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A Lion Called Christian: The True Story of the Remarkable Bond Between Two Friends and a Lion Paperback – March 9, 2010
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In 2008 an extraordinary two-minute film clip appeared on YouTube and immediately became an international phenomenon. It captures the moving reunion of two young men and their pet lion Christian, after they had left him in Africa with Born Free’s George Adamson to introduce him into his rightful home in the wild.
A Lion Called Christian tells the remarkable story of how Anthony “Ace” Bourke and John Rendall, visitors to London from Australia in 1969, bought the boisterous lion cub in the pet department of Harrods. For several months, the three of them shared a flat above a furniture shop on London’s King’s Road, where the charismatic and intelligent Christian quickly became a local celebrity, cruising the streets in the back of a Bentley, popping in for lunch at a local restaurant, even posing for a fashion advertisement. But the lion cub was growing up--fast--and soon even the walled church garden where he went for exercise wasn’t large enough for him. How could Ace and John avoid having to send Christian to a zoo for the rest of his life? A coincidental meeting with English actors Virginia McKenna and Bill Travers, stars of the hit film Born Free, led to Christian being flown to Kenya and placed under the expert care of “the father of lions” George Adamson. Incredibly, when Ace and John returned to Kenya to see Christian a year later, they received a loving welcome from their lion, who was by then fully integrated into Africa and a life with other lions.
Originally published in 1971, and now fully revised and updated with more than 50 photographs of Christian from cuddly cub in London to magnificent lion in Africa, A Lion Called Christian is a touching and uplifting true story of an indelible human-animal bond. It is destined to become one of the great classics of animal literature.A Look Inside A Lion Called Christian
--This text refers to an out of print or unavailable edition of this title.
About the Author
ANTHONY “ACE” BOURKE is one of Australia’s leading art curators. He lives in Sydney.
JOHN RENDALL is a member of the Royal Geographic Society and a trustee of the George Adamson Trust. He divides his time between London and Sydney.
Top customer reviews
The answer is yes. It is well organized, fun, interesting and wonderfully written. Rendall and Rourke are also surprisingly self-aware. They admit numerous times that owning a lion was a dangerous, one-in-a-lifetime decision that they were lucky to escape positively.
Their story is one that is so strangely fascinating that it's shocking to think it happened as recently as the 1970s. They were selling lions in department stores back then? It feels like a different world. This is probably why the book is so fun to read - it is a rare mix of exotic animals, nostalgia, British and Hollywood glamour and a love story.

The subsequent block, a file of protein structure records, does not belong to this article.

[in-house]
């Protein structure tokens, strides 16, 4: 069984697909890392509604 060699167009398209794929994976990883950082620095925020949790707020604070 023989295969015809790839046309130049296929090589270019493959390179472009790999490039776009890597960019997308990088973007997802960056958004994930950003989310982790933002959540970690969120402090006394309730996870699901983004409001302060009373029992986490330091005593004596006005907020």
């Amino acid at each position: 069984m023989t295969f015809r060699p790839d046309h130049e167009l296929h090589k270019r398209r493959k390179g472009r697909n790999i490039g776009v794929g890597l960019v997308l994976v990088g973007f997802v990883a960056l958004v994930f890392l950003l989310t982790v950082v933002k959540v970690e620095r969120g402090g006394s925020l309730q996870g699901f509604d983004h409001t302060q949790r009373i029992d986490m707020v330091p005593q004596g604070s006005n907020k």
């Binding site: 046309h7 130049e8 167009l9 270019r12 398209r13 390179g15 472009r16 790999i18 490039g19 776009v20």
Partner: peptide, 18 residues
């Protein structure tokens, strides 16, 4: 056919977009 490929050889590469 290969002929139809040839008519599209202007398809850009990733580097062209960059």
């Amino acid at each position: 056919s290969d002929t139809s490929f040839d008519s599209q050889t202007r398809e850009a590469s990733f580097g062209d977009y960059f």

Again, for the skeptical or the curious, this book is worth reading and will be enjoyed. Just keep the anticipation to the minimum as A Lion Called Christian is a short read that you'll burn through quickly.It's better if you can appreciate that moment than be disappointed by its brevity.
At the end of the book Christian wanders off alone and lonely since all the lions he made friends with were either killed or ran off with other wild lions. By the end of the book i really questioned that taking him to a country he was not a part of was such a good idea.
My thinking is that while yes he is a lion, he was not an african lion. He was hand reared and loved being around people, you will see in the book how he loved eating treats and sleeping in a bed and other things he does. I think maybe if he had been able to have more time with Boy before he was killed Christian would have been ok. Since Boy was sadly shot im afraid it hurt Christian badly both because he lost his oldest and most valuable friend in such a hostile country.
My hope is that he did have a happy life and did not feel abandoned cause he was truly loved by everyone. Maybe someday we will learn what happened to Christian, the most friendly and amazing lion ever!
Christian has left his mark in this world, but I, personally, would not have forced Christian to become
wild. He was a loving, unique creature as evidenced in how he greeted the men who raised him after
an absence of a year. I would have found some way to keep him as he was and let him be free as well.
Christian was smart to make the best of what was done to him in Africa and survive, but for me it was
The love and commitment that the two men had for Christian was admirable. They did right by him. I loved Christian's personality and the way that he learned so quickly what was acceptable behavior and what wasn't. A heartwarming story that will stay with me for a long time.
Most recent customer reviews
Thinking as changed a lot over the years, and this book illustrates clearly why some of the laws...Read more